Supplement Profile: Branch Chain Amino Acids

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Branch chain amino acids (BCAAs) consist of three of the twenty amino acids (building blocks of protein) and three of the nine essential amino acids. Essential amino acids must be ingested because our bodies are unable to make them. BCAAs occur naturally in all complete protein sources with amounts varying depending on the source. The highest amounts occur in whey protein, dairy, beef, and salmon. These three amino acids: leucine, isoleucine, and valine are commonly isolated and used as supplements. Claims of increased protein synthesis, reduced time to fatigue, and increased rates of fat loss all are reasons for supplementation. Does research back these claims? Read on to find out!


Positive Claims:

Claim: Increased fat loss.

  • Research: Some studies have noted a slight increase in fat usage with BCAA supplementation. Researchers think that this may be caused by the ability of BCAAs to preserve glucose stores within the muscle. These results are minor and do not warrant BCAA supplementation for fat loss purposes.


Claim: Increased muscle growth and repair.

  • Research: Muscle growth and repair seem to be the most significant benefit of BCAA supplementation. One of the BCAAs; Leucine, is able to “turn on” a pathway that increases protein synthesis. Increases in protein synthesis can result in muscle growth or maintenance of muscle. For this reason, BCAAs are beneficial for individuals looking to gain lean mass or maintain lean mass during exercise that may lead to muscle breakdown (long distance endurance events).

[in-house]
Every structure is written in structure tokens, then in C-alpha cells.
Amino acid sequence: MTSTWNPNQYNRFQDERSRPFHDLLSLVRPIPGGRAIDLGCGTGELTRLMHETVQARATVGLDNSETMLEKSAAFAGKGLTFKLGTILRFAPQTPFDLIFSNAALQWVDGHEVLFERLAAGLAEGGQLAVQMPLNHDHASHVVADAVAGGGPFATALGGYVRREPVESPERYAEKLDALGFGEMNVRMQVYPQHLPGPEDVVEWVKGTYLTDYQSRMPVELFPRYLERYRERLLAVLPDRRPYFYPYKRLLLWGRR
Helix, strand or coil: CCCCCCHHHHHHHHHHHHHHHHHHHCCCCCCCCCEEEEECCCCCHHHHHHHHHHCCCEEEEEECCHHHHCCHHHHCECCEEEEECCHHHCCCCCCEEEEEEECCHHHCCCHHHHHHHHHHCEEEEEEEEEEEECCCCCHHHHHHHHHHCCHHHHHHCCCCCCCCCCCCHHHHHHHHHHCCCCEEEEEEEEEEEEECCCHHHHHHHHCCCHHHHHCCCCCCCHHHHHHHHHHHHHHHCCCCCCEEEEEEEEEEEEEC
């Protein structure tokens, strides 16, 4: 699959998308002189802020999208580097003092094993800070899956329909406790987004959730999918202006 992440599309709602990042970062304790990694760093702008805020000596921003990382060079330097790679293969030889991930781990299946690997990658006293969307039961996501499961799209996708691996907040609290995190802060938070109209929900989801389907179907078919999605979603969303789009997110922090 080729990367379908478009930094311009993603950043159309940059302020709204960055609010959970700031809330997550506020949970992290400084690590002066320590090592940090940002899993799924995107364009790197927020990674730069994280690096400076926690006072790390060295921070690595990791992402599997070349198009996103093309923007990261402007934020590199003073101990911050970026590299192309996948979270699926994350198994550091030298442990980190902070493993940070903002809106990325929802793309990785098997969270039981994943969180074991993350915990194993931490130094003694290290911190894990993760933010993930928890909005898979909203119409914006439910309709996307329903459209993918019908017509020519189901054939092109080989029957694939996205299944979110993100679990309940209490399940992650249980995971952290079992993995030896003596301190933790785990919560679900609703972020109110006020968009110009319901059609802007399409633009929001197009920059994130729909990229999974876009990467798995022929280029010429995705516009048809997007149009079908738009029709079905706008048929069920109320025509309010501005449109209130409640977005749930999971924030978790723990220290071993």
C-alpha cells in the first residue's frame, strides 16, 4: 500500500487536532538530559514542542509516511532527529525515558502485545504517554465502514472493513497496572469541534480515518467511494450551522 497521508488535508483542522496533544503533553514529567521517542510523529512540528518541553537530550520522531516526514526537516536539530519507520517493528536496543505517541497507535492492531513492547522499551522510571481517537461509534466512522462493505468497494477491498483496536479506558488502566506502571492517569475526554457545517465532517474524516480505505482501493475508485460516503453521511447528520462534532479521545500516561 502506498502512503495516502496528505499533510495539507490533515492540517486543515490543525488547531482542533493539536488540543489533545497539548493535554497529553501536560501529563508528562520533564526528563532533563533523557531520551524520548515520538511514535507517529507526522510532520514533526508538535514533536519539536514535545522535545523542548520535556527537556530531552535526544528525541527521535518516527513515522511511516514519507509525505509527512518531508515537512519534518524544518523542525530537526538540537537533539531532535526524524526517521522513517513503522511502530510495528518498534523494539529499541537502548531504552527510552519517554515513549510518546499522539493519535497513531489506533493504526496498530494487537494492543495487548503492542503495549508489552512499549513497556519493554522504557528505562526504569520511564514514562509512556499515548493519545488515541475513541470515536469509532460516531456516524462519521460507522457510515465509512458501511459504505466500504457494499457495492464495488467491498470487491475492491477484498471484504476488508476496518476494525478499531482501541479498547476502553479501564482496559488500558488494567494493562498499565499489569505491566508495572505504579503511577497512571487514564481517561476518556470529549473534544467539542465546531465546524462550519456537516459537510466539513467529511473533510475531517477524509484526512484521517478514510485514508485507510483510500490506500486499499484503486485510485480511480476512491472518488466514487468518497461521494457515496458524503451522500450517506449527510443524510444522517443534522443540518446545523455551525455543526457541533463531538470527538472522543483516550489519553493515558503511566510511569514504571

Claim: Reduced fatigue.

  • Research: Reduced time to fatigue has been found to occur with BCAA supplementation in untrained or lightly trained individuals. Highly trained athletes do not see the same reductions in time to fatigue.


Negatives Claims:

  • No concerns exist with BCAA supplementation in a healthy population.



BCAAs tend to occur in a 2: 1: 1 gram ratio (leucine: isoleucine: valine). Since research shows approximately 3g of leucine maximally stimulates protein synthesis, it’s suggested that approximately 6-8 grams is optimal per serving. I take BCAAs between meals since they have been shown to stimulate protein synthesis between whole food meals. I also try to time my meals and BCAA intake so that I have a serving of BCAAs before, during or after my workout for improved recovery and muscle growth. For more information on timing of BCAAs and/or protein during the course of your day, click here.


If building/maintaining muscle tissue is your main goal, BCAA supplementation does appear to be beneficial. If your overall protein intake is low, essential amino acids (EAAs) are a better choice since you may be deficient in the six other amino acids your body can’t make.

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